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Sculpture turns out to be a ringer for East Dundee man’s proposal

Blair Motl Doree Haight jump truck next sculpture.
Photos by ErSauder For Sun-Times Media

Blair Motl and Doree Haight jump in the truck next to the sculpture. Photos by Erin Sauder For Sun-Times Media

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Updated: April 23, 2013 2:02PM



EAST DUNDEE — The metal sculptures of a local man have been popping up all over Fox Valley area, most recently in East Dundee’s St. Patrick’s Day parade.

One of Blair Motl’s sculptures, a dragonfly, adorns the top of the Charles J Motl, CPA & Associates building on River Street where he works. Another, a motorcycle, is located in the back of Diamond Jim’s in East Dundee. In Elgin, a face sculpture is located outside the Haight Building.

And during Saturday’s St. Patrick’s celebration parade, many watched as a truck with a diamond ring sculpture in the back drove by. As the parade route made its way past Charles J Motl, Blair Motl used the sculpture as a prop to help him propose to his girlfriend, Doree Haight of Elgin. She said yes.

Motl said many pieces came together to help make the proposal happen.

“I’d always wanted to do a big ring sculpture, and I thought I could work that into our engagement somehow,” he said. “Then there’s the parade. We sponsor it every year. It comes right in front of our office, but we don’t do a float. We just sit and hang out. Normally, people sponsor the parade to enter a float. We just sponsor the parade because we like the parade.”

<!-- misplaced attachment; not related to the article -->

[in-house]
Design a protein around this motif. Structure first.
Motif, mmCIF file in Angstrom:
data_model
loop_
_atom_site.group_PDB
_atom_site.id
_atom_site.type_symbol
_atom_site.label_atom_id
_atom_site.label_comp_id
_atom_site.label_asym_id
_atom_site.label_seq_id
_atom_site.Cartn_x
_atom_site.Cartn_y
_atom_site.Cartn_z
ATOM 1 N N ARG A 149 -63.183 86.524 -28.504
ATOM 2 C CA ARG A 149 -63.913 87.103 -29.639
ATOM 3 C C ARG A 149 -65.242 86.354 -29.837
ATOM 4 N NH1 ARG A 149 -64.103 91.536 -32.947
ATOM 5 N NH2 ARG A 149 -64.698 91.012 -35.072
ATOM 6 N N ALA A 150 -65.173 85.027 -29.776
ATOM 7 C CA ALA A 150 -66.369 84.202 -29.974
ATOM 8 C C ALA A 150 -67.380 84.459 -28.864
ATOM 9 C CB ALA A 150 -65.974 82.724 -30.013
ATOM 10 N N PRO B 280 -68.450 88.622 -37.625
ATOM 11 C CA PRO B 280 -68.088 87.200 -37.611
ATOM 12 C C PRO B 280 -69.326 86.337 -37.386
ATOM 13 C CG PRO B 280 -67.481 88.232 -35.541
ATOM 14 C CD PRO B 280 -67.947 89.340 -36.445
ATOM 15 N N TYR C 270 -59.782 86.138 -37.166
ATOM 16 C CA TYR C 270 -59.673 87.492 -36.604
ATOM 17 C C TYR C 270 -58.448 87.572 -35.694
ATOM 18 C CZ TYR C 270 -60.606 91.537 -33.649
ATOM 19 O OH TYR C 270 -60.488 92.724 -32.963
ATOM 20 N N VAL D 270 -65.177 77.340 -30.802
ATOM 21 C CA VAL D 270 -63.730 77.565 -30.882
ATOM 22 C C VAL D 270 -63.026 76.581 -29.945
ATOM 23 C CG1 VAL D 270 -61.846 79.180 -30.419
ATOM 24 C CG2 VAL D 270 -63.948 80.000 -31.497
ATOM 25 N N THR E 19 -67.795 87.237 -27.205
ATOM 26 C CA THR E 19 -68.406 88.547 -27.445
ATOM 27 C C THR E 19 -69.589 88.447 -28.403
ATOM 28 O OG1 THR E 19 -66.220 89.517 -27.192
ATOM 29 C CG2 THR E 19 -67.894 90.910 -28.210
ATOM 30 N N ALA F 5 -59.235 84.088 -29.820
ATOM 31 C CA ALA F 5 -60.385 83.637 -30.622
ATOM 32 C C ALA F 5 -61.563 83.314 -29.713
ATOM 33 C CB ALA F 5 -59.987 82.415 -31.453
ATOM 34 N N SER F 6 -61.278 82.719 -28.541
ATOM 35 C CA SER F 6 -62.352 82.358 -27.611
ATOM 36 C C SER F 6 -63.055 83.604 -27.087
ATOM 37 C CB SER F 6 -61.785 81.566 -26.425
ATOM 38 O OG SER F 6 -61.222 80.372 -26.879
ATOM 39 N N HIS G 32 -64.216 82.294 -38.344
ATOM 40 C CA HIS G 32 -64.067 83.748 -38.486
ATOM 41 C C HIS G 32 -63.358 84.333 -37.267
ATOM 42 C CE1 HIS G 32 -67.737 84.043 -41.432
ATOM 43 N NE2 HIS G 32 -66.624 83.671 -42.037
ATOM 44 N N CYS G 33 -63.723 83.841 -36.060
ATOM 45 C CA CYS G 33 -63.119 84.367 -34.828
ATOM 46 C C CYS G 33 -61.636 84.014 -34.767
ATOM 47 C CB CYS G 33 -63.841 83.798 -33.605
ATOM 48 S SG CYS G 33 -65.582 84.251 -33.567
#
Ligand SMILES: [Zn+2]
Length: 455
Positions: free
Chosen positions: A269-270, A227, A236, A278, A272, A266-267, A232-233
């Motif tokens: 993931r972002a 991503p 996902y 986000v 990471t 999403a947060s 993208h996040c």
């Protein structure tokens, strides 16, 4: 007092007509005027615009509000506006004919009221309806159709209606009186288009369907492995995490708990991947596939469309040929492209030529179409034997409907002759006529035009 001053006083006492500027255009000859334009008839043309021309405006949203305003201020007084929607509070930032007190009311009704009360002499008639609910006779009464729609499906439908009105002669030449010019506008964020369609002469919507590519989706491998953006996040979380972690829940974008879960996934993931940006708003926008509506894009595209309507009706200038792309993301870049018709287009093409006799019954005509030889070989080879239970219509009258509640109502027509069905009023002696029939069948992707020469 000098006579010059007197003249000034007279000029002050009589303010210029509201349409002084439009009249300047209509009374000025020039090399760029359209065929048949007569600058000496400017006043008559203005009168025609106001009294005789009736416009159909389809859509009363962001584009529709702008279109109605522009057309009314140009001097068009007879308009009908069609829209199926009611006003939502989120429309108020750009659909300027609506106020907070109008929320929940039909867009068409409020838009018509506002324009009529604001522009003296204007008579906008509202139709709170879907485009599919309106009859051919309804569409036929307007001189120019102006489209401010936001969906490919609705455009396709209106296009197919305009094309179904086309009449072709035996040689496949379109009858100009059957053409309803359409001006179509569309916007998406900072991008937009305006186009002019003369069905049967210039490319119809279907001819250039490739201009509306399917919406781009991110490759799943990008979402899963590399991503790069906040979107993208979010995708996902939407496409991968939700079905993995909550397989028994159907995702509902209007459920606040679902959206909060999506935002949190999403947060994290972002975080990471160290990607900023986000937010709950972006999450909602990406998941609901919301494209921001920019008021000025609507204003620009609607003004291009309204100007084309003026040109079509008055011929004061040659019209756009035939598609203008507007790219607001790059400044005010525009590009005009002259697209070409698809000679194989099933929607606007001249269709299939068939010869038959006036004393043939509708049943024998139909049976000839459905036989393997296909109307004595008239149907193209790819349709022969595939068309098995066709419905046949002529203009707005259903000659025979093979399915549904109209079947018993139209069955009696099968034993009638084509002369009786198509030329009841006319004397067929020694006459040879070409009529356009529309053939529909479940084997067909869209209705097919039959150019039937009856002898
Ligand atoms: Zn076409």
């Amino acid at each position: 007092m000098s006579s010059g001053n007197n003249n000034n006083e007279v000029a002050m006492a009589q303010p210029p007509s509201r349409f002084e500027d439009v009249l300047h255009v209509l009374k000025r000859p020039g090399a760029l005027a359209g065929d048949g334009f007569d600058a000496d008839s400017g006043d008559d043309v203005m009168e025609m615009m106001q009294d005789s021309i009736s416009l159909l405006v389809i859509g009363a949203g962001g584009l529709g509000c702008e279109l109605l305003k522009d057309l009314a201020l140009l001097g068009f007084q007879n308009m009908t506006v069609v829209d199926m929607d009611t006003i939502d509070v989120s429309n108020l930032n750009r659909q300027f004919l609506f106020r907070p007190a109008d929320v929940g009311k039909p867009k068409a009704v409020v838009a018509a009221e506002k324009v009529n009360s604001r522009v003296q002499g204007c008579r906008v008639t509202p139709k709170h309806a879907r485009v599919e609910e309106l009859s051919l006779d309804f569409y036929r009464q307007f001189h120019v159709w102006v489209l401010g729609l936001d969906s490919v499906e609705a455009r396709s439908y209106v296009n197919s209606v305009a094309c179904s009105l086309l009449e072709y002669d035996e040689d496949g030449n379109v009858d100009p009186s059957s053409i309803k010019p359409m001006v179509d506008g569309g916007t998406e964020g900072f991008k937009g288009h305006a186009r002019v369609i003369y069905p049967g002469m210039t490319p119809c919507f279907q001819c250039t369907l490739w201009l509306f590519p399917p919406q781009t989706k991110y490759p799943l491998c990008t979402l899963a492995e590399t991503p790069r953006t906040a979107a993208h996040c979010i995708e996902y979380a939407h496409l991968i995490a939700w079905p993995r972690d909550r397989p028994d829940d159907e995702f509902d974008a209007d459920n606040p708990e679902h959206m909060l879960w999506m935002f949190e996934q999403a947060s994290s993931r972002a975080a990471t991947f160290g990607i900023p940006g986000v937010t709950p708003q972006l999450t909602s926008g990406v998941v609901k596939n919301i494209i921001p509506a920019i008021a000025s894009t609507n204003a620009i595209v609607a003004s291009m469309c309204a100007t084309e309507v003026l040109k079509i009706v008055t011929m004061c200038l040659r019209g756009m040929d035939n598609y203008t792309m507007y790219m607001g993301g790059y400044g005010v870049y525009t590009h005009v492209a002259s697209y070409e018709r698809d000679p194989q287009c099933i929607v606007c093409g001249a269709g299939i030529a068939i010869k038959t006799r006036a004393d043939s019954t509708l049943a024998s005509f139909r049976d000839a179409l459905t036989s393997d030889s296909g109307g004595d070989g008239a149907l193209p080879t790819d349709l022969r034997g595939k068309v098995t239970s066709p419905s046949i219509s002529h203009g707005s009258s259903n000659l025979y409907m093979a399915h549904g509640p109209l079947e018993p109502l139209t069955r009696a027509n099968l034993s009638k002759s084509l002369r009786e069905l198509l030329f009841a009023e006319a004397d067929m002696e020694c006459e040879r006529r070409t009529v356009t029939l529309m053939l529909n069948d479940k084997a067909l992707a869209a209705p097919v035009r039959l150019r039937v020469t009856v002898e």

However, this year, since Charles J Motl was put down for a float, he decided to take advantage of it.

But Motl also knew he couldn’t propose to Haight without her sister being around to help celebrate. Haight’s sister and brother-in-law, Karie and Michael Goodmay, live in Colorado.

Getting them to town was made possible when one of Motl’s clients came in to pay a past-due bill.

“I got the money to fly them in,” he said.

Motl then spent a couple days last week working on the sculpture to get it ready for the parade. Meanwhile, he also was juggling the March 15 deadline for corporate tax returns.

“It somehow all happened,” he said. “But it wouldn’t have without all the help of family and friends.”

Motl has been creating metal sculptures for the past decade.

“I went to a liberal arts college where they offered a little bit of everything. I went there planning on being an accountant so I pushed all my art classes to the end because I didn’t want to do them,” he said.

But after taking an art class, he was hooked.

“In accounting, everything is either right or wrong. Suddenly, you do metal sculpture and you can do whatever you wanted,” he said. “My teachers graded them and they didn’t look at me wrong at all. So I’ve been doing a balance of accounting and art for years.”

The metal ring sculpture was created from the firepit Motl had in his backyard, along with hundreds of antique lightbulbs.

“It all just came together beautifully,” he said.

Haight calls Motl’s proposal a “fairytale moment.”

“It was a complete surprise,” she said. “And wonderful to have all of our family and friends and local businesses line the streets. Everybody knew about it but me.”

She also lauds the sculpture.

“It was amazing and true to our style,” she said.



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